Getting into product management can feel like a catch-22.
There are few formal junior PM roles, but recruiting teams want to hire PMs with a history of holding the title. If you initially commit to being a designer, engineer, or marketer before entering product management, it’s hard to have teams view you as anything else.
People don’t study product management in school — every PM has learned to paint their unique combination of skills in a more PM-friendly light. This is one of the first hurdles to entering the discipline: breaking free of the previous title you’ve been assigned, and learning what makes you walk and talk like a product manager (even if you’re not there yet).
I came to product management through design (via pre-med — but that’s a longer story). There were many things I loved about being a designer. Going to school in Silicon Valley and watching startups whiz by on the news, it was clear to me that we needed a focus on real user needs. I went deep into user research, problem framing, prototyping, testing. I loved design, but didn’t like what I observed: designers typically weren’t decision-makers or decision-facilitators.
Being a designer was great for me in the same way that being an engineer is great for others: I got to go deep in my craft. I advocated for new user experiences and interaction patterns, the same way that engineers own the details of architecture and the integration of new technologies. But at the end of the day, I didn’t know whether my work was making a difference for the business, and whether it would cut through the noise in the backlog and get prioritized. This was what got me interested in product management: if you could balance design, tech, and business efficiently, you’d always be working on something driving value.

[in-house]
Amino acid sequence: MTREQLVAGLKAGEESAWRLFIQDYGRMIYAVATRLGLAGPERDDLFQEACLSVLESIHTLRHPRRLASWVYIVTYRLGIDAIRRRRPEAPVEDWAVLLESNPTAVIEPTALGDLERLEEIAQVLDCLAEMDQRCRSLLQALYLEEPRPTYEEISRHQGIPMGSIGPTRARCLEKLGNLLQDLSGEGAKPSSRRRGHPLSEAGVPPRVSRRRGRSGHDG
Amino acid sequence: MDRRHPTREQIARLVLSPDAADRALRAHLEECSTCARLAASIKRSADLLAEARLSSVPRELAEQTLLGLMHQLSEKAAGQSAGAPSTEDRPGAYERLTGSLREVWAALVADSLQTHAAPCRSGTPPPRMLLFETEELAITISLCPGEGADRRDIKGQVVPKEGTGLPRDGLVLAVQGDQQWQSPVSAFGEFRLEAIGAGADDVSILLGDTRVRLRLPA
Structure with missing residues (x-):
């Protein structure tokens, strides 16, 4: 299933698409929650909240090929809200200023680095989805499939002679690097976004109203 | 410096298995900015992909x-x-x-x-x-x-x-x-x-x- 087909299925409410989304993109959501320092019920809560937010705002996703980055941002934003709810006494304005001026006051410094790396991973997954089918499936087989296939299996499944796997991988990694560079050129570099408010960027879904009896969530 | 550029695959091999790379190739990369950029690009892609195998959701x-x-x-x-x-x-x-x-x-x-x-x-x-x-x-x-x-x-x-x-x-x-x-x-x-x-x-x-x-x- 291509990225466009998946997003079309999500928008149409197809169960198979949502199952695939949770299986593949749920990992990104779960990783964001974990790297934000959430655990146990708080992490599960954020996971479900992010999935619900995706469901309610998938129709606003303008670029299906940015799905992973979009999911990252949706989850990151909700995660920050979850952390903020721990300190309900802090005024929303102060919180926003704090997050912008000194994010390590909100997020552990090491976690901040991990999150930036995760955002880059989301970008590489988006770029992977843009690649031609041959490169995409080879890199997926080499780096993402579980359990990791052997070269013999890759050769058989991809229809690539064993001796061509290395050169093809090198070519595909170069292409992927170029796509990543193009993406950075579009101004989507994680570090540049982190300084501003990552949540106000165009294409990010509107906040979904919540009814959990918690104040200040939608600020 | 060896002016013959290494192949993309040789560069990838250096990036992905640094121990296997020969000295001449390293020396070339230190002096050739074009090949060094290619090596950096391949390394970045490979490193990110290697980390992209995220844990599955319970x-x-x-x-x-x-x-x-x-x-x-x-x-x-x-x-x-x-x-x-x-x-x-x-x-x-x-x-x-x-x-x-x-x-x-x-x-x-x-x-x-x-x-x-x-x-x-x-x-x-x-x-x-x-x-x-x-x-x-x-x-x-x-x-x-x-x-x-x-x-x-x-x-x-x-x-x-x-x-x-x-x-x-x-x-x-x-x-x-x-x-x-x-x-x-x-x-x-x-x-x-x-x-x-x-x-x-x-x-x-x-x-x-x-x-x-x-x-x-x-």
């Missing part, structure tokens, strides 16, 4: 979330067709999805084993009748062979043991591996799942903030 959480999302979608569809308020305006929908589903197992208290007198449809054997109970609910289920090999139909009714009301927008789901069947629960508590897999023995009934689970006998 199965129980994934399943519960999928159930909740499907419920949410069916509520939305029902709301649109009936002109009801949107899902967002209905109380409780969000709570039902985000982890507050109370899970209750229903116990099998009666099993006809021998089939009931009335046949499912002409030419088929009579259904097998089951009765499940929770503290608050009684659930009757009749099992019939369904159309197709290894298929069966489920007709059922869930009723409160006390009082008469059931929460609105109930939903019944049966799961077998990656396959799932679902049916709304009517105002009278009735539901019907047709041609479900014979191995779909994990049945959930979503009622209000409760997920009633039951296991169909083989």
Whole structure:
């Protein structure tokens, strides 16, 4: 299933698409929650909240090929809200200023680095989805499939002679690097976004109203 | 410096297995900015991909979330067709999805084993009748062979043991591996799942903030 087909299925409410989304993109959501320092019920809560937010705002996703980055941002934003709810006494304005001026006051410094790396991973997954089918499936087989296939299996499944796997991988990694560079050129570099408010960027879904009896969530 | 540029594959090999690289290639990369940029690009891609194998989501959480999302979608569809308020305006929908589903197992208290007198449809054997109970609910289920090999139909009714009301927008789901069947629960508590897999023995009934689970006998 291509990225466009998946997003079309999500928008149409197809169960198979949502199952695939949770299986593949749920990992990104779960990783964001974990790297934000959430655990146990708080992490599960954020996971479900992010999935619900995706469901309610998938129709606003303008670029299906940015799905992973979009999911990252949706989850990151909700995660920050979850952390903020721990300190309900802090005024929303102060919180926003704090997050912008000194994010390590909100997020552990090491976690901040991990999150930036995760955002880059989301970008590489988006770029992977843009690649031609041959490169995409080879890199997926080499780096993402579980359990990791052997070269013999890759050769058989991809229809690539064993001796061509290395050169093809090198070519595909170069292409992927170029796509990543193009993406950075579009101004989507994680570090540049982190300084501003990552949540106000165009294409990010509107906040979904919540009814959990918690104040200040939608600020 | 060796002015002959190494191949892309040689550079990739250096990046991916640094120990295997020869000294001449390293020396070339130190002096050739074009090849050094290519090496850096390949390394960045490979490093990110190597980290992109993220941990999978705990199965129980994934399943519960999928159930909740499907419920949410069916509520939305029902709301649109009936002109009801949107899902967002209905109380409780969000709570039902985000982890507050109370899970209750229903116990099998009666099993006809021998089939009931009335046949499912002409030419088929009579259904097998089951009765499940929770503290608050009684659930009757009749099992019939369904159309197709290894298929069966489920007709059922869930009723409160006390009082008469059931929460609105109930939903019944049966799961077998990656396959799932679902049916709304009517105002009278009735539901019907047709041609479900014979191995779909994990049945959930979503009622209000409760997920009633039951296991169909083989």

Here are three things that helped me close the gap between “designer” and “product manager”:
Choose PM roles that optimize for your strengths
It became obvious to me pretty early in the job hunt that not all PM roles are the same. Some PMs are almost-engineers, others almost-designers, still others almost-analysts or consultants. Many swap back and forth depending on what’s needed. It’s hard to tell from a bullet point job description what being a PM at a given company really means (it can even vary wildly between teams).
This is most important from a technical perspective — in my experience, your technical background drives your PM job opportunities. If you’re coming from software engineering, you might find a home in technical software; if you’re coming from design, the most logical fit is a consumer-facing product where your research and interaction skills are relevant. This is not a hard and fast limitation, of course, but it’s easier to get hired when your product bent matches your company’s. Your transition to PM will be a lot easier in an environment where you can flex your design skills and immediately add value on the user side, while slowly learning more about the business and technology sides of things.